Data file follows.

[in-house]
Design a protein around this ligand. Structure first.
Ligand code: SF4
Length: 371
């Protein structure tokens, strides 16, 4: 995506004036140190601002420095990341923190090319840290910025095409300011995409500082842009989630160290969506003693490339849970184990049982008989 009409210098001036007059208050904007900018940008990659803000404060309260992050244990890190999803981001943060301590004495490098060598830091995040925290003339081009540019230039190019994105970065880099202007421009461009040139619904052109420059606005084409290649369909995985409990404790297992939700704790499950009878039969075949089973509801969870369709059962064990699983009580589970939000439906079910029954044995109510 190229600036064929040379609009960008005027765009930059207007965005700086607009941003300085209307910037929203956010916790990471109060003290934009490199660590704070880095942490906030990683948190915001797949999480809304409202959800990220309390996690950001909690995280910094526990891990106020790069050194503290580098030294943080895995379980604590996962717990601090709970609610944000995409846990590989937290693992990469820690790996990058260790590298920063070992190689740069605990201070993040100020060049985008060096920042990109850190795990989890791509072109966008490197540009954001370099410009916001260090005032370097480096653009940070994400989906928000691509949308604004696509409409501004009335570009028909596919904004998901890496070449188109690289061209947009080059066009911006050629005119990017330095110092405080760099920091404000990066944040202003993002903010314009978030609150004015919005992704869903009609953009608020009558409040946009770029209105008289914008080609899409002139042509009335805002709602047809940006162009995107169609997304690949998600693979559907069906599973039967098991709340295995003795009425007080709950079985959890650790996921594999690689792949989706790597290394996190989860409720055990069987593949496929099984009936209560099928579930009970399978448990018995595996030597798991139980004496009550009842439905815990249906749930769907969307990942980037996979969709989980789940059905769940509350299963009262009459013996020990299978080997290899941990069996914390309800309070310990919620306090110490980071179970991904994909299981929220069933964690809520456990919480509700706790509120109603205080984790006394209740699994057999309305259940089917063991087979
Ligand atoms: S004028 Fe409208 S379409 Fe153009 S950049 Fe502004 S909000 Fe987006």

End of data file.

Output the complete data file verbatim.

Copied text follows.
[in-house]
Design a protein around this ligand. Structure first.
Ligand code: SF4
Length: 371
């Protein structure tokens, strides 16, 4: 995506004036140190601002420095990341923190090319840290910025095409300011995409500082842009989630160290969506003693490339849970184990049982008989 009409210098001036007059208050904007900018940008990659803000404060309260992050244990890190999803981001943060301590004495490098060598830091995040925290003339081009540019230039190019994105970065880099202007421009461009040139619904052109420059606005084409290649369909995985409990404790297992939700704790499950009878039969075949089973509801969870369709059962064990699983009580589970939000439906079910029954044995109510 190229600036064929040379609009960008005027765009930059207007965005700086607009941003300085209307910037929203956010916790990471109060003290934009490199660590704070880095942490906030990683948190915001797949999480809304409202959800990220309390996690950001909690995280910094526990891990106020790069050194503290580098030294943080895995379980604590996962717990601090709970609610944000995409846990590989937290693992990469820690790996990058260790590298920063070992190689740069605990201070993040100020060049985008060096920042990109850190795990989890791509072109966008490197540009954001370099410009916001260090005032370097480096653009940070994400989906928000691509949308604004696509409409501004009335570009028909596919904004998901890496070449188109690289061209947009080059066009911006050629005119990017330095110092405080760099920091404000990066944040202003993002903010314009978030609150004015919005992704869903009609953009608020009558409040946009770029209105008289914008080609899409002139042509009335805002709602047809940006162009995107169609997304690949998600693979559907069906599973039967098991709340295995003795009425007080709950079985959890650790996921594999690689792949989706790597290394996190989860409720055990069987593949496929099984009936209560099928579930009970399978448990018995595996030597798991139980004496009550009842439905815990249906749930769907969307990942980037996979969709989980789940059905769940509350299963009262009459013996020990299978080997290899941990069996914390309800309070310990919620306090110490980071179970991904994909299981929220069933964690809520456990919480509700706790509120109603205080984790006394209740699994057999309305259940089917063991087979
Ligand atoms: S004028 Fe409208 S379409 Fe153009 S950049 Fe502004 S909000 Fe987006």